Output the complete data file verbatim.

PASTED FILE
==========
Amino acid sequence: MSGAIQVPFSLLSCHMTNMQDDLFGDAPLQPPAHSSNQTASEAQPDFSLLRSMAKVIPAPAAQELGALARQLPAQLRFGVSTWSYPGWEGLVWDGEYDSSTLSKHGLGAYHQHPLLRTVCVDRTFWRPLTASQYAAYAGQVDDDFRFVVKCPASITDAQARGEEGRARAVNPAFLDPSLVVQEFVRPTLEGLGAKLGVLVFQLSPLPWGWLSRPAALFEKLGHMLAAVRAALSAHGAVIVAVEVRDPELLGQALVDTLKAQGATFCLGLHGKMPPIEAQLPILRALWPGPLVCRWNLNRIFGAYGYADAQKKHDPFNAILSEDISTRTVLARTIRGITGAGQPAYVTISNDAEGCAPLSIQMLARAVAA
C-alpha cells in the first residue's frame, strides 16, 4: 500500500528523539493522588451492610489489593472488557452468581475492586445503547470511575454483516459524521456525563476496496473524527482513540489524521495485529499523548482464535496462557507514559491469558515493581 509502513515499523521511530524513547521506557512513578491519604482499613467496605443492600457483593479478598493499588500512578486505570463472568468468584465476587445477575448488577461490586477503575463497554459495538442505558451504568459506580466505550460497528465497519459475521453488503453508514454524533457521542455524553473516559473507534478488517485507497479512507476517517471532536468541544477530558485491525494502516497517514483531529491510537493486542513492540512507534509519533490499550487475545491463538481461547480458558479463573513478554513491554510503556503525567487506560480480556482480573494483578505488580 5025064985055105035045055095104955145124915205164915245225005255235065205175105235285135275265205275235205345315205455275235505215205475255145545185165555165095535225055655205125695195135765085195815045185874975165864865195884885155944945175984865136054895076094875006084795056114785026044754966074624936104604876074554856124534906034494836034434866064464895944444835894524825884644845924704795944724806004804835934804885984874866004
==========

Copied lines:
Amino acid sequence: MSGAIQVPFSLLSCHMTNMQDDLFGDAPLQPPAHSSNQTASEAQPDFSLLRSMAKVIPAPAAQELGALARQLPAQLRFGVSTWSYPGWEGLVWDGEYDSSTLSKHGLGAYHQHPLLRTVCVDRTFWRPLTASQYAAYAGQVDDDFRFVVKCPASITDAQARGEEGRARAVNPAFLDPSLVVQEFVRPTLEGLGAKLGVLVFQLSPLPWGWLSRPAALFEKLGHMLAAVRAALSAHGAVIVAVEVRDPELLGQALVDTLKAQGATFCLGLHGKMPPIEAQLPILRALWPGPLVCRWNLNRIFGAYGYADAQKKHDPFNAILSEDISTRTVLARTIRGITGAGQPAYVTISNDAEGCAPLSIQMLARAVAA
C-alpha cells in the first residue's frame, strides 16, 4: 500500500528523539493522588451492610489489593472488557452468581475492586445503547470511575454483516459524521456525563476496496473524527482513540489524521495485529499523548482464535496462557507514559491469558515493581 509502513515499523521511530524513547521506557512513578491519604482499613467496605443492600457483593479478598493499588500512578486505570463472568468468584465476587445477575448488577461490586477503575463497554459495538442505558451504568459506580466505550460497528465497519459475521453488503453508514454524533457521542455524553473516559473507534478488517485507497479512507476517517471532536468541544477530558485491525494502516497517514483531529491510537493486542513492540512507534509519533490499550487475545491463538481461547480458558479463573513478554513491554510503556503525567487506560480480556482480573494483578505488580 5025064985055105035045055095104955145124915205164915245225005255235065205175105235285135275265205275235205345315205455275235505215205475255145545185165555165095535225055655205125695195135765085195815045185874975165864865195884885155944945175984865136054895076094875006084795056114785026044754966074624936104604876074554856124534906034494836034434866064464895944444835894524825884644845924704795944724806004804835934804885984874866004